Current position of the SSV Corwith Cramer. Click on the vessel to view position history. Use the tools, top right, to change the map style or view data layers.
SEA Currents: SSV Corwith Cramer
Deep Water and Dolphin Spotting
34°44.0’ x N 064°37.0’ W
Course & Speed
330° at 5.5 knots
Mains’l, mainstays’l, forestays’l, jib, jibtops’l, and fisherman
Sunny, clear and bright
Time change observed at 1600
We left Bermuda only two days ago but time is flying by now that we are back in the Sargasso Sea. We start our third and final phase today: Junior Officer. JWO (Junior Watch Officer) and JLO (Junior Lab Officer) mean that one student or sailing intern are in charge of the procedures during the watch and they basically act as the current mate. My first chance is tonight during dawn watch where I'll be in charge of the lab during B watch's first meter tow. I am so excited to see what we find in the twilight zone since both other watches have found incredible specimens like leptocephali, stomatopods, and Lucifer shrimp.
Today is not only a meter tow day, but the free CTD deployment as well. This morning we deployed the free CTD to 2,500 meters in order to see the complete deep profile of temperature and salinity. Our goal is to understand different water masses in this area of the North Sargasso Sea. Most of us spent our free time last night coloring on Styrofoam cups so we could attach them to the CTD and visibly see the effect the pressure has on air bubbles from the surface. Everything is just so much cuter when tiny!
I would say the adjustment to being at sea this time is much easier than before. We know we are arriving in New York harbor in just one week and we have so much left to do. The adjustment has been made easier by having lots of things to look forward to as well as having dolphin spottings. Just in the past few watches we have seen dolphins three times alongside the Cramer.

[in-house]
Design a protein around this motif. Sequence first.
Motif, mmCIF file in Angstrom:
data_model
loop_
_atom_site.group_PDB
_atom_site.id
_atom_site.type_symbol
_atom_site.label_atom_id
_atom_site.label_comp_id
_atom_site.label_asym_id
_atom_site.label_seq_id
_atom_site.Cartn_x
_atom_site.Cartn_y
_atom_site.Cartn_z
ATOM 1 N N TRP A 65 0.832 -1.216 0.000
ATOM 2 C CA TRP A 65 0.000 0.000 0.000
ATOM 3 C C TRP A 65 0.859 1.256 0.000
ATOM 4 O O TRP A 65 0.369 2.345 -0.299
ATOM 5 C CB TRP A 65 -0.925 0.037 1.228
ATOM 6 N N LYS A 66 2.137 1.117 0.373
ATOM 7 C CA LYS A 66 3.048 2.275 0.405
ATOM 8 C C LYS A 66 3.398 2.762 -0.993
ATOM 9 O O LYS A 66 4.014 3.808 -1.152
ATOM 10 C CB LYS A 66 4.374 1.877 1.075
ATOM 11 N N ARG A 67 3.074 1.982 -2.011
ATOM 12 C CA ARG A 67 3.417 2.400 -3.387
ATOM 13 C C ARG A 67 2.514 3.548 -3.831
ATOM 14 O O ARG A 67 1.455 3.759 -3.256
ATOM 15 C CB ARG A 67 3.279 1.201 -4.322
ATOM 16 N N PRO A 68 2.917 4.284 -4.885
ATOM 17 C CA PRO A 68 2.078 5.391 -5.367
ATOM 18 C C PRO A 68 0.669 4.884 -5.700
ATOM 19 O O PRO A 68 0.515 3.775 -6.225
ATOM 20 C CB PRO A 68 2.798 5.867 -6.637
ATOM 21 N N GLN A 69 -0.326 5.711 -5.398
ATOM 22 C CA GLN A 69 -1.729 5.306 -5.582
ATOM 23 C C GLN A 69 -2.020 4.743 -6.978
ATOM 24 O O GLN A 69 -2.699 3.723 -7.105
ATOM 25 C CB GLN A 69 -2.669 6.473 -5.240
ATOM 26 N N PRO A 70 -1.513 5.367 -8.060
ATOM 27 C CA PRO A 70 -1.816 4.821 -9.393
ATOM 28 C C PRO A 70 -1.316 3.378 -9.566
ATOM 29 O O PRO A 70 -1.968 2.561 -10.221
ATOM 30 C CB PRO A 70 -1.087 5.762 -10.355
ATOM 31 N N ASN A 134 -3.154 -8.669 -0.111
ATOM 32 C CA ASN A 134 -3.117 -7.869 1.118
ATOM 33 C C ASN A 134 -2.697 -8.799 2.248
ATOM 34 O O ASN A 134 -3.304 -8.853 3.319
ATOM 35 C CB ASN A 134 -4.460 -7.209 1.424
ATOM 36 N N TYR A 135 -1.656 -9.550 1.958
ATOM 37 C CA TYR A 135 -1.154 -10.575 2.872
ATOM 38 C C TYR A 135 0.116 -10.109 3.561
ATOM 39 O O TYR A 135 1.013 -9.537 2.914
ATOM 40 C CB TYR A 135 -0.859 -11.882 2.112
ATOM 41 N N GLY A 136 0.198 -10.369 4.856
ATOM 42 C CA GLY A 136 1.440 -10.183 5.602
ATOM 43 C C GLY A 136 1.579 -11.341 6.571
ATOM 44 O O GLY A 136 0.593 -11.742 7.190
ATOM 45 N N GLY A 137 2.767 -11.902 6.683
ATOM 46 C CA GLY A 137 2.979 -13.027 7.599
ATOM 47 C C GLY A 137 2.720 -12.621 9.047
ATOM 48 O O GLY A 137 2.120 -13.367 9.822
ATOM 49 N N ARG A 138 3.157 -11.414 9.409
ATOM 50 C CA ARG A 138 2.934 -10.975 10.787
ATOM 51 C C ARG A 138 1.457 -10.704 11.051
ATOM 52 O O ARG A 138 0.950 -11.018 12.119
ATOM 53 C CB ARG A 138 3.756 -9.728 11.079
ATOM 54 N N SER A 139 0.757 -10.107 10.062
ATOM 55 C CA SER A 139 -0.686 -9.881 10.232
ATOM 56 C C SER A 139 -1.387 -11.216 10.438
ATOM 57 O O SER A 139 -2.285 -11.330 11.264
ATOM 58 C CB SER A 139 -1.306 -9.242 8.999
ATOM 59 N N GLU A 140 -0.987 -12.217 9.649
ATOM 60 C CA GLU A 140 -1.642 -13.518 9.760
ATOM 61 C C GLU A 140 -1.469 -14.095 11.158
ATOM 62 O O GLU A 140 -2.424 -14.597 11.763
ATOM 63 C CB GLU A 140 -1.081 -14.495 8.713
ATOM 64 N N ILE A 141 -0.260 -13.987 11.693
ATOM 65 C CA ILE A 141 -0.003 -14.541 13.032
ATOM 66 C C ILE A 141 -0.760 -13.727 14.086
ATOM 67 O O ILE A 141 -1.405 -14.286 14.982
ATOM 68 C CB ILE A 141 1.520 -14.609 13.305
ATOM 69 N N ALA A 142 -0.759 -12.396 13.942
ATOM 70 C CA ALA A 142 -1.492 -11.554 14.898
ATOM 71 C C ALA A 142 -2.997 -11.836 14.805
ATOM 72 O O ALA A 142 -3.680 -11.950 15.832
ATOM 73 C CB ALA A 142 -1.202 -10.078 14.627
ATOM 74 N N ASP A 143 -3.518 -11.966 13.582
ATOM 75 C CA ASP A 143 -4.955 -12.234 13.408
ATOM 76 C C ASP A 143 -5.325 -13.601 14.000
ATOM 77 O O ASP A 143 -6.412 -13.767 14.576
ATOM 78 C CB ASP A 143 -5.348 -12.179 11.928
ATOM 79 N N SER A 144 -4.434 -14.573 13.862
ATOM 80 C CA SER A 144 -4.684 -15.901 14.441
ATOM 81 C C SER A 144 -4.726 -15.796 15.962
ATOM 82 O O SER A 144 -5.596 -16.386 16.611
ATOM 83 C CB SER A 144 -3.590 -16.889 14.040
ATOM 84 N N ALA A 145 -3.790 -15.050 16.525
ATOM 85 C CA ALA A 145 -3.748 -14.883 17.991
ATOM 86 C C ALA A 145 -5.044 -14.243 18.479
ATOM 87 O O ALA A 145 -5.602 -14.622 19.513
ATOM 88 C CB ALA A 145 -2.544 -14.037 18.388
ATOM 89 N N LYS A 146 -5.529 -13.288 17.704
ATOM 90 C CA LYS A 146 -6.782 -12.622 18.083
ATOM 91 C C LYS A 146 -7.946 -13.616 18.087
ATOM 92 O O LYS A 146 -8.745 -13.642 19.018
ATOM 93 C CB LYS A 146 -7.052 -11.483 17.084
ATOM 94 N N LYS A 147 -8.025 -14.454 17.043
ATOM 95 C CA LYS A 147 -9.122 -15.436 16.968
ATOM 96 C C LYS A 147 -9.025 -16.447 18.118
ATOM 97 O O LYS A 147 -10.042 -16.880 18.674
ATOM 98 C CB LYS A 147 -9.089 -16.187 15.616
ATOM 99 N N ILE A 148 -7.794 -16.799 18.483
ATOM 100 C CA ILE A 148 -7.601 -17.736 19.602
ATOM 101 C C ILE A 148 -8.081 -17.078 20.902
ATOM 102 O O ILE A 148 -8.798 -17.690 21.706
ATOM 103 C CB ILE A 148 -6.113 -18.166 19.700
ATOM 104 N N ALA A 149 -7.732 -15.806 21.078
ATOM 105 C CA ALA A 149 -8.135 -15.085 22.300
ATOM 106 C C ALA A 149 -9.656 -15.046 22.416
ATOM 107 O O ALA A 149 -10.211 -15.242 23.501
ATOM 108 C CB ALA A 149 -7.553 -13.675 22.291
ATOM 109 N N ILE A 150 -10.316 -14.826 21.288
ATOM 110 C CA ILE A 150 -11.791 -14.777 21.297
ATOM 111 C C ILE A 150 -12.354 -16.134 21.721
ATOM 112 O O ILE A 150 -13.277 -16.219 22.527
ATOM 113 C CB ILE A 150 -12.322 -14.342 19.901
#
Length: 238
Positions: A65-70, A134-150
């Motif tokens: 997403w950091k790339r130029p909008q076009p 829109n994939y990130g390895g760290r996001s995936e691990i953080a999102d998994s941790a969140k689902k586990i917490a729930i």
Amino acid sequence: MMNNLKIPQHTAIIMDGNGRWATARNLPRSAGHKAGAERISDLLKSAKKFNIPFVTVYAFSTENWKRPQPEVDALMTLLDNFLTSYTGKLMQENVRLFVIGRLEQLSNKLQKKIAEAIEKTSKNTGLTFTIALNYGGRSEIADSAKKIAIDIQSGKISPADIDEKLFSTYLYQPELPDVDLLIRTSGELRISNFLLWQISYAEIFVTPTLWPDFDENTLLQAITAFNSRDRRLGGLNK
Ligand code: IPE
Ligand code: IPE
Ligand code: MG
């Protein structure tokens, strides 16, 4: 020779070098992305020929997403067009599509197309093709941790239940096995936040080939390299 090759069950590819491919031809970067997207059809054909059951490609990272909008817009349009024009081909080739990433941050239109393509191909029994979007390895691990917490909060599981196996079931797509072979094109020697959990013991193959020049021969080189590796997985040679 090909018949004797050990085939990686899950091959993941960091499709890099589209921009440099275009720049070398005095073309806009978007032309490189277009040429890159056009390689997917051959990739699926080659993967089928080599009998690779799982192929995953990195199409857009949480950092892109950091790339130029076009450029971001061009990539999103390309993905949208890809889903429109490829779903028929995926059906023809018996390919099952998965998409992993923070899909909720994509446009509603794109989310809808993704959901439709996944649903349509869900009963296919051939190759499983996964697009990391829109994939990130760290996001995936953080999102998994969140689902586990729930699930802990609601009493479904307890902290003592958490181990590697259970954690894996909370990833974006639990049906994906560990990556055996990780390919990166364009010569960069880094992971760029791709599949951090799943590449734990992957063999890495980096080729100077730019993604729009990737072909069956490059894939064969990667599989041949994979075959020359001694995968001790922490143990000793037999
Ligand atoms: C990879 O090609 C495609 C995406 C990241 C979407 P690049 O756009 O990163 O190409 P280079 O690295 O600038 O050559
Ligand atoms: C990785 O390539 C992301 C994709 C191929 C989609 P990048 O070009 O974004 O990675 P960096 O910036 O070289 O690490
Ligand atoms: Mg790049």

It's almost impossible to drop everything and have all thirty people run to the bow to watch, but most definitely try.
We are now headed toward the Gulf Stream and it's starting to cool down. Where it was once too hot to wear anything but tank tops, we now can wear long sleeves during the day without complaint. The Gulf Stream means a lot for us scientifically, as well as nautically. We are expecting large currents and a change in dip net collections for Sargassum samples. I know a bunch of us are excited to go aloft and see the visible difference between the green Sargasso Sea and the warm blue of the Gulf Stream from above. So many bucket list items, so little time.
Off to identify some hydroids!
P.S. Moms: I made cinnamon rolls on my steward day on Sunday and they went so well; I'll make them for you as a late Mothers' Day! Jordo and Laurie: A bunch of strangers complimented my pillow in Bermuda; can't wait to hug your lil faces